ABERDEEN PROVING GROUND, Md. - Five civilians retired during the installation retirement ceremony at the Ball Conference Center May 31.APG's senior leader and commander of the U.S. Army Communications-Electronics Command, Maj. Gen. Robert Ferrell, hosted the event and said he was pleased to recognize the great work done by the retirees, whose service totaled more than 171 years."Each of you have made a great impact on the Army and our great nation," Ferrell said. "I hope that when you look back on your careers you are filled with pride for all the accomplishments you have achieved."The retirees were Robert B. Harting Jr. of the U.S. Army Research, Development and Engineering Command, and CECOM's Kim C. Guyer, Stephen G. Dunn Sr., Deborah L. Barrows, and John P. Bellantoni.Robert B. Harting Jr.
Harting was awarded the Department of the Army Commander's Award for Civilian Service, certificate of appreciation and certificate of retirement, signed by the Director of Communications-Electronics Research, Development and Engineering Center Jill H. Smith. Harting will officially retire June 16 with more than 40 years of civilian service.Harting began his career with four years of service in the U.S. Air Force and was honorably discharged with the rank of sergeant. Since then he has held numerous mechanic and equipment specialist positions for the U.S. Army. In 2008 he transferred from Fort Belvoir, Va., to Aberdeen Proving Ground as a result of the Base Realignment and Closure Act.Harting's noteworthy accomplishments include assisting in 1982 with the airplane recovery efforts after Air Florida's Flight 90 crashed into the 14th Street Bridge in Washington, D.C. In 1991, he repaired equipment to support Soldiers deployed in Operation Desert Storm. In 2001, he volunteered to participate in Operation Noble Eagle, where he assisted in 9/11 recovery efforts.Harting maintained and repaired generators and light towers for all of the access gates on Fort Belvoir until commercial power could be supplied to permanent equipment. In 2004, he conducted a power assessment for Army units stationed in Germany; and in 2011, he conducted the testing, evaluation, and deployment of 150 kilowatts of hybrid solar power systems to support operations in Afghanistan.In recent years, he was requested by name to support multiple power and energy research and development experiments. Harting culminates his career as an equipment specialist general with RDECOM.Harting's retirement plans include moving closer to Family and starting an auto shop business with his son-in-law."I will miss the Army Family," Harting said.Kim C. Guyer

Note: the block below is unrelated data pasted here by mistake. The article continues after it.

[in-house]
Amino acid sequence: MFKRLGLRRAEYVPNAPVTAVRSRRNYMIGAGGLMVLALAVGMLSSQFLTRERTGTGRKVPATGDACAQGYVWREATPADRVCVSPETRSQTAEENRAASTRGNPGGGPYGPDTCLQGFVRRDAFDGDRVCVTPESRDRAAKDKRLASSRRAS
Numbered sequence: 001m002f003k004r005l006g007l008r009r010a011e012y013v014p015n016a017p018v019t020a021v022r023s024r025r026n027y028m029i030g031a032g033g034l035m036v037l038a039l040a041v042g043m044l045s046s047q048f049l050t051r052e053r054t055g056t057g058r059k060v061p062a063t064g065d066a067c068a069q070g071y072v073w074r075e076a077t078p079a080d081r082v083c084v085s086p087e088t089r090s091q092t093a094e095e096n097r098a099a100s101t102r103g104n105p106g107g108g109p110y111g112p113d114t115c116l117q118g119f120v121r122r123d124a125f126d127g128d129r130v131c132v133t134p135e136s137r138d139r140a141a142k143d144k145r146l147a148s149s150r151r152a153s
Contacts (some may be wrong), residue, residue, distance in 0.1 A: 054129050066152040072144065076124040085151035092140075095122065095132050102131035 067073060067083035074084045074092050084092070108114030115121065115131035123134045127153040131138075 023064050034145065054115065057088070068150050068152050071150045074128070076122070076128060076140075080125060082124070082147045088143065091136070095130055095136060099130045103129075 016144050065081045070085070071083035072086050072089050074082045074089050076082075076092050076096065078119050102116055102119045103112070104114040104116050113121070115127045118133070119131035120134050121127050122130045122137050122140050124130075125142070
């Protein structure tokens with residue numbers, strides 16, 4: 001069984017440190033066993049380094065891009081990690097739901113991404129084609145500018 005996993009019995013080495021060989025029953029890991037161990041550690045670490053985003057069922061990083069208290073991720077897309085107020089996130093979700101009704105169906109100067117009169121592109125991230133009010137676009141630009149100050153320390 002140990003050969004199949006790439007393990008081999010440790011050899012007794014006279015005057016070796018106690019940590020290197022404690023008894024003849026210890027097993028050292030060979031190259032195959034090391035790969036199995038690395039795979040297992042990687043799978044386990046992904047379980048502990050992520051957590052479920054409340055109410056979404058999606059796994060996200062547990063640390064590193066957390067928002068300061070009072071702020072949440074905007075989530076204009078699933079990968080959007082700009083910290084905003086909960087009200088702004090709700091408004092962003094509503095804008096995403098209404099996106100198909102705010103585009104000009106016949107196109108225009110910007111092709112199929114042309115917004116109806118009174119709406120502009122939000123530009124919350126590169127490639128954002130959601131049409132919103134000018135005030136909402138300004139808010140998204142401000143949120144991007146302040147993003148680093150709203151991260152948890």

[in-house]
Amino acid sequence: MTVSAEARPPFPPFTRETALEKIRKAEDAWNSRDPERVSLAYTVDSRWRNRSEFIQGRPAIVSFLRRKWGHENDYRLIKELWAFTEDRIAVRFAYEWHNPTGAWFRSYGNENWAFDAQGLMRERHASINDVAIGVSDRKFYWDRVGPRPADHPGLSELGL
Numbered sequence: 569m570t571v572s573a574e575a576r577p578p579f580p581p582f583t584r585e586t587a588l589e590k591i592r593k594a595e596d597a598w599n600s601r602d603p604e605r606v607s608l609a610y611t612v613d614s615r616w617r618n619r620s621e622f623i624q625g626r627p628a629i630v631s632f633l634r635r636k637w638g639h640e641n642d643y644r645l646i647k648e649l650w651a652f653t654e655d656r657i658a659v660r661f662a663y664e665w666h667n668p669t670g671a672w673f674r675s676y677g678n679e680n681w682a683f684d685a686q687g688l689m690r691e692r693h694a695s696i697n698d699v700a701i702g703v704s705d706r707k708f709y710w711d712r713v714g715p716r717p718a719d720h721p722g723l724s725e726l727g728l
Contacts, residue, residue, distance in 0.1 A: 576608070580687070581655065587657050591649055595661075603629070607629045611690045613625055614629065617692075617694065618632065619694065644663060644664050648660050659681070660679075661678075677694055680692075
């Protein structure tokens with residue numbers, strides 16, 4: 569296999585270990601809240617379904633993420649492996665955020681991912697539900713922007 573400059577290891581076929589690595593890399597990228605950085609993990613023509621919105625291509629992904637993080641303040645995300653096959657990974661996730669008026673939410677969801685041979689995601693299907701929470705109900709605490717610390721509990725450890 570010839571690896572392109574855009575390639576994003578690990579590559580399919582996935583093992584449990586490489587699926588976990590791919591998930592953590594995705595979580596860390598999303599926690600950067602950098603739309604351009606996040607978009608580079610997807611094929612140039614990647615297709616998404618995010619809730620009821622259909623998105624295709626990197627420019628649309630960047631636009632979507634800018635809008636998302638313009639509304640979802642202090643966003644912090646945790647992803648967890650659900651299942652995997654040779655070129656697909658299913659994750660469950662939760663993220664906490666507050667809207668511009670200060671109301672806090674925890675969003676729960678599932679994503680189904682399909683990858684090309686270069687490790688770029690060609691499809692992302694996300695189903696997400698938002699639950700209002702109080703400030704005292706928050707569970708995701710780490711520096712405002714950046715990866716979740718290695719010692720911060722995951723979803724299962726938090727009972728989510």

Guyer was awarded the Department of the Army Commander's Award for Civilian Service and certificates of appreciation and retirement, signed by APG's senior leader and commander of the U.S. Army Communications-Electronics Command, Maj. Gen. Robert Ferrell. Her husband, Gary Guyer, received the DA certificate of appreciation.She officially retired June 2 with more than 37 years of dedicated government service with the Department of Defense.Guyer began her federal career in the fall of 1973 in her hometown at the Letterkenny Army Depot in Pennsylvania, working in contracting and rapidly advancing during her first 14 years of service. Because of her contracting experience, Guyer was accepted into the U.S. Navy Contract Specialist Career Intern Program at what then was the Naval Supply Center, Mechanicsburg, Pa., completing the 24-month program in only 18 months.Upon graduating from the program, she accepted a contracting position with the Navy at China Lake, Calif. A few years later, Guyer returned to employment with the U.S. Army at Carlisle Barracks and the Army War College in Carlisle, Pa., where she pursued her interest in law, working in the Judge Advocate's Office.She continued her federal service as a paralegal, where she worked for the Defense Logistics Agency at New Cumberland, Pa., and for the U.S. Army Environmental Command at APG. This career path lasted more than 13 years, until AEC became a part of the 2005 Base Realignment and Closure list.Guyer took this opportunity to remain at APG and returned to the contacting career field in 2008, where she worked for the U.S. Army Research, Development and Engineering Command, the U.S. Army Corps of Engineers, the U.S. Army Contacting Command, and finally with the U.S. Army Communications-Electronics Command. She was a contracting officer at ACC prior to taking her final position as a procurement analyst in the CECOM Legal Office.Guyer's noteworthy accomplishments include mediating numerous Equal Employment Opportunity cases as a paralegal with DLA. She successfully represented the government at more than 100 unemployment hearings, saving the government hundreds of thousands of dollars.From 2000-2001, Guyer completed a year-long Executive Leadership Program through the Leadership Development Academy of the Graduate School, U.S. Department of Agriculture. Guyer held warrants as a contracting officer for both the Navy and the Army.Her retirement plans include volunteering at a local food bank and traveling throughout the Southwest.Stephen J. Dunn Sr.